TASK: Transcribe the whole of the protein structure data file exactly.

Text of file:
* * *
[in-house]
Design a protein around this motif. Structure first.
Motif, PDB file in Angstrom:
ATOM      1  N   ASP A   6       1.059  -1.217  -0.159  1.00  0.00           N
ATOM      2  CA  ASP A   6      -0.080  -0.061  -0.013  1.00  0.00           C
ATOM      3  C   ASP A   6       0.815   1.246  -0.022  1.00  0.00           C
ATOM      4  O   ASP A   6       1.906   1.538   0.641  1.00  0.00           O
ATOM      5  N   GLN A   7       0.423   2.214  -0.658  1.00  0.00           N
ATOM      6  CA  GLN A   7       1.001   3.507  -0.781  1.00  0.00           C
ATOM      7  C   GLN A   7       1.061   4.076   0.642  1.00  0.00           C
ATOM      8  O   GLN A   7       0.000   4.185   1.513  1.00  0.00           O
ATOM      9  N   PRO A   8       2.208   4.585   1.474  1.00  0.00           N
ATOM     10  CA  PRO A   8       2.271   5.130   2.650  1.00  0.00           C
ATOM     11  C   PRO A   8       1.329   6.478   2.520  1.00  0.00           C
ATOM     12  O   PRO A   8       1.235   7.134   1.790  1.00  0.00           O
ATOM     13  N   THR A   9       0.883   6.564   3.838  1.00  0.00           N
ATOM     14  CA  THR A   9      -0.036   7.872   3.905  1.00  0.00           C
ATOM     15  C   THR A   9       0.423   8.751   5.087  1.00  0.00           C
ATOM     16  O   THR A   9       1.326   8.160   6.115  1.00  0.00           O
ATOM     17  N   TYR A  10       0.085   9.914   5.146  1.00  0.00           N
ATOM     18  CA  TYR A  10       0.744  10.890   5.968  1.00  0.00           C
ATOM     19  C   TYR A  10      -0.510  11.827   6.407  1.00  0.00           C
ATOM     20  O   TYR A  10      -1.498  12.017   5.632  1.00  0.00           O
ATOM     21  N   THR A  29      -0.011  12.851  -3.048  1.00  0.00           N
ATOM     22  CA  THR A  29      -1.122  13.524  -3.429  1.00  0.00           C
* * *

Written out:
[in-house]
Design a protein around this motif. Structure first.
Motif, PDB file in Angstrom:
ATOM      1  N   ASP A   6       1.059  -1.217  -0.159  1.00  0.00           N
ATOM      2  CA  ASP A   6      -0.080  -0.061  -0.013  1.00  0.00           C
ATOM      3  C   ASP A   6       0.815   1.246  -0.022  1.00  0.00           C
ATOM      4  O   ASP A   6       1.906   1.538   0.641  1.00  0.00           O
ATOM      5  N   GLN A   7       0.423   2.214  -0.658  1.00  0.00           N
ATOM      6  CA  GLN A   7       1.001   3.507  -0.781  1.00  0.00           C
ATOM      7  C   GLN A   7       1.061   4.076   0.642  1.00  0.00           C
ATOM      8  O   GLN A   7       0.000   4.185   1.513  1.00  0.00           O
ATOM      9  N   PRO A   8       2.208   4.585   1.474  1.00  0.00           N
ATOM     10  CA  PRO A   8       2.271   5.130   2.650  1.00  0.00           C
ATOM     11  C   PRO A   8       1.329   6.478   2.520  1.00  0.00           C
ATOM     12  O   PRO A   8       1.235   7.134   1.790  1.00  0.00           O
ATOM     13  N   THR A   9       0.883   6.564   3.838  1.00  0.00           N
ATOM     14  CA  THR A   9      -0.036   7.872   3.905  1.00  0.00           C
ATOM     15  C   THR A   9       0.423   8.751   5.087  1.00  0.00           C
ATOM     16  O   THR A   9       1.326   8.160   6.115  1.00  0.00           O
ATOM     17  N   TYR A  10       0.085   9.914   5.146  1.00  0.00           N
ATOM     18  CA  TYR A  10       0.744  10.890   5.968  1.00  0.00           C
ATOM     19  C   TYR A  10      -0.510  11.827   6.407  1.00  0.00           C
ATOM     20  O   TYR A  10      -1.498  12.017   5.632  1.00  0.00           O
ATOM     21  N   THR A  29      -0.011  12.851  -3.048  1.00  0.00           N
ATOM     22  CA  THR A  29      -1.122  13.524  -3.429  1.00  0.00           C